This book is a clear labor of love that is very well researched and referenced. I adore the scenes and adaptations of the films, and the personal moments are all well staged as executed in terms of portraying strong characters and memorable events.The bold storytelling is reminiscent of the art style often employed by illustrators of the day (especially Syd Hoff), which adds to the historical tone of the story. A variety of colors are used, though each vignette is rendered mono-chromatically, which helps with shifts in time and space as well as indicates what is "real life" and what are movie scenes. I am a big fan of comics, old Hollywood movies, and monsters, so this book is right up my alley. It's gorgeous and informative, a must have for any monster or movie fans who are into comics.
This book's creator Pat Dorian is a filmmaker and cartoonist who has worked on high-profile projects for AMC and Adult Swim. He also teaches animation at the Pratt Institute. This book is his graphic novel debut, though he began the project as two mini-comics titled "Lon Chaney Talks."
All of the reviews I have read of this book have been full of praise. In a starred review, Kirkus called it a "dazzling debut" that "captures the voice and soul of Lon Chaney." Publishers Weekly called it a "spirited homage." Steven Thompson wrote, "It capsulizes his life just enough. He’s depicted as a less than perfect man, getting along as well as he can in a less than perfect world."
Saturday, October 10, 2020
There is a burden on trilogy finales to tie up all the loose ends in satisfying, and increasingly novel, ways. In this sense I think that Rise Up is a successful capper to the Last Pick series. It is a gratifying conclusion to an action narrative but also goes beyond into more nuanced territory. I don't want to spoil too much about it, but I will say that it is thrilling and full of "heck yeah!" moments where the alien invaders get what's coming to them. There are also a number of family reunions, including twins Sam and Wyatt (which may be a spoiler, but it's on the COVER), though they are tempered with sadness and loss. Along the way, there are also some quiet moments, bursts of humor, and great character work. One thing this book excels at is depicting characters in diverse, individualized ways that make them memorable.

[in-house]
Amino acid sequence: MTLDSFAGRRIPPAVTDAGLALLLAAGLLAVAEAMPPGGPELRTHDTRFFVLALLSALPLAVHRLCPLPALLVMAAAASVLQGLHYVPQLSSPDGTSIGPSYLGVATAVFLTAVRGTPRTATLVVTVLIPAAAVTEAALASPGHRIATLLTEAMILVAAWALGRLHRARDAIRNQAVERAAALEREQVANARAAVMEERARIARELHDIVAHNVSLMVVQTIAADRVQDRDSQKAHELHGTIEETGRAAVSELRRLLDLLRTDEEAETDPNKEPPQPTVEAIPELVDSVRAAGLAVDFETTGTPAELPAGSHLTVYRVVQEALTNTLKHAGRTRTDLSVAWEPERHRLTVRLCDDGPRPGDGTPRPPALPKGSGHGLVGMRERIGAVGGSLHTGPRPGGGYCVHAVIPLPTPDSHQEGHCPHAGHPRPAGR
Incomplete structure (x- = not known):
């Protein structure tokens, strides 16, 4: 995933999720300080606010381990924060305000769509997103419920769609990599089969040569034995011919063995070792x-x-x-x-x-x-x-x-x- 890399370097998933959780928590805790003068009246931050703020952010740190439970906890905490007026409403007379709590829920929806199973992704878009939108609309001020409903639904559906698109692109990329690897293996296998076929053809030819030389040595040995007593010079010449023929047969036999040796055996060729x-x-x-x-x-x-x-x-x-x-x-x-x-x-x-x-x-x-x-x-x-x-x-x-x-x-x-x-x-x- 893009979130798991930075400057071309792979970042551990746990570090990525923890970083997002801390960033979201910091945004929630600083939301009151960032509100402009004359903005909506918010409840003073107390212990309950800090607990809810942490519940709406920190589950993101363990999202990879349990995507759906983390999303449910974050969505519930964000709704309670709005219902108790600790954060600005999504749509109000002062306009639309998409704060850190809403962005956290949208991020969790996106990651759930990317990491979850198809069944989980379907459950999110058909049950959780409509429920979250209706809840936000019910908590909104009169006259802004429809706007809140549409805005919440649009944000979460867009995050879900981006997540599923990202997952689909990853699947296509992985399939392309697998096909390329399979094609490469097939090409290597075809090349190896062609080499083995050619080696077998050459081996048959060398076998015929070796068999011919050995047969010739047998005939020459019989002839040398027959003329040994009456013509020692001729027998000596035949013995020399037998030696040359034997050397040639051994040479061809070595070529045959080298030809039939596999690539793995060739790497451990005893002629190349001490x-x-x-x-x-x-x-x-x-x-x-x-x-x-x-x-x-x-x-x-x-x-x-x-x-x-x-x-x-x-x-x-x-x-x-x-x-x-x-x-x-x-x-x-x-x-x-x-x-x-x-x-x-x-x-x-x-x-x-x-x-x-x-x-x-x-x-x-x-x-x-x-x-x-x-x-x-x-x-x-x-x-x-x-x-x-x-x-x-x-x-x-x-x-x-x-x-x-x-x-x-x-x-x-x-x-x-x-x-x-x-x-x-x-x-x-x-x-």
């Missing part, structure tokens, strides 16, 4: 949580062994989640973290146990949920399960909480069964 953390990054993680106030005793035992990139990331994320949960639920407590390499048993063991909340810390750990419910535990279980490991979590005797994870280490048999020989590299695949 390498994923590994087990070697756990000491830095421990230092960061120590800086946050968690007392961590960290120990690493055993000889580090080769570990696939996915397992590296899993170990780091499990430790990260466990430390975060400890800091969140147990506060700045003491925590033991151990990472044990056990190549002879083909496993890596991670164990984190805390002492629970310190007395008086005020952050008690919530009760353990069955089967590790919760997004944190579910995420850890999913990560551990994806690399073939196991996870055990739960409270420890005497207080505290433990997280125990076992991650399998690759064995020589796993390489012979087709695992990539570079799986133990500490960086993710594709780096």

What really drew me to this series was the sheer amount of gruesome aliens throughout the book. They are drawn in a way that is very playful and filled with delight, as ugly as they are. But behind this monstrous facade is an important look at how assumptions can turn into prejudices. Many of these creatures have been manipulated, and as you can see from the preview, some even fall in with the rebellion.
As an added bonus, in this book there are lots of mech-suits used to battle the aliens. Mech-suits are cool.
I love how all the Last Pick books explore how being disabled is not the same thing as being useless. The ruling aliens have dismissed entire swaths of the human population for being too old or somehow otherwise defective for physical or mental conditions. However, Wyatt and his crew prove them wrong. They are scrappy, crafty, and quite effective at what they do, on a universal scale. It's rare to find a book that balances having a message with also being exciting, but this one pulls off that trick.
The reviews I have read of this book have been positive. T Drecker wrote, "There's a wonderful sense of family and friendship, which gives the tale
heart. While this is sold as a novel for young adults, I can easily see
older middle graders enjoying it quite a bit as well." Kirkus Reviews gave it a starred review that summed up, "An affecting and unforgettable SF series with heart." As of this post, it currently has a 4.30 (out of 5) star rating on Goodreads.
A review copy was provided by the author.